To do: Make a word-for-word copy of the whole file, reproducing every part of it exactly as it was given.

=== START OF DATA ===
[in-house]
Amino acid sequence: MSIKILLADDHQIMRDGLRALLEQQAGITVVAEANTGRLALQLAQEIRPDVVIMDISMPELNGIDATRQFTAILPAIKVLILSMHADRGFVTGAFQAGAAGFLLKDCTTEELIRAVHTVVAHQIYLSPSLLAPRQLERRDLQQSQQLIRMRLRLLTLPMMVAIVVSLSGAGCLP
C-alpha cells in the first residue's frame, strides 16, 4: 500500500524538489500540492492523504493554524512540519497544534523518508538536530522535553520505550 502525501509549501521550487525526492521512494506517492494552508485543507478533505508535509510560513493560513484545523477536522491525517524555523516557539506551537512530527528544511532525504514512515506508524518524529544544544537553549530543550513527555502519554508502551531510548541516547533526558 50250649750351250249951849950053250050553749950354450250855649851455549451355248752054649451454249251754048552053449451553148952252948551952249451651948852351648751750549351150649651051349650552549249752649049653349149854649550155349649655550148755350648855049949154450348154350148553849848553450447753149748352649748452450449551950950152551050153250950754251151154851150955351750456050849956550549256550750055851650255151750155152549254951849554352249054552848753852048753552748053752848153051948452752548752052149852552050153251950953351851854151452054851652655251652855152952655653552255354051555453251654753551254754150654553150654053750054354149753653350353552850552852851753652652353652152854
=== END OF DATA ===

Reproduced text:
[in-house]
Amino acid sequence: MSIKILLADDHQIMRDGLRALLEQQAGITVVAEANTGRLALQLAQEIRPDVVIMDISMPELNGIDATRQFTAILPAIKVLILSMHADRGFVTGAFQAGAAGFLLKDCTTEELIRAVHTVVAHQIYLSPSLLAPRQLERRDLQQSQQLIRMRLRLLTLPMMVAIVVSLSGAGCLP
C-alpha cells in the first residue's frame, strides 16, 4: 500500500524538489500540492492523504493554524512540519497544534523518508538536530522535553520505550 502525501509549501521550487525526492521512494506517492494552508485543507478533505508535509510560513493560513484545523477536522491525517524555523516557539506551537512530527528544511532525504514512515506508524518524529544544544537553549530543550513527555502519554508502551531510548541516547533526558 50250649750351250249951849950053250050553749950354450250855649851455549451355248752054649451454249251754048552053449451553148952252948551952249451651948852351648751750549351150649651051349650552549249752649049653349149854649550155349649655550148755350648855049949154450348154350148553849848553450447753149748352649748452450449551950950152551050153250950754251151154851150955351750456050849956550549256550750055851650255151750155152549254951849554352249054552848753852048753552748053752848153051948452752548752052149852552050153251950953351851854151452054851652655251652855152952655653552255354051555453251654753551254754150654553150654053750054354149753653350353552850552852851753652652353652152854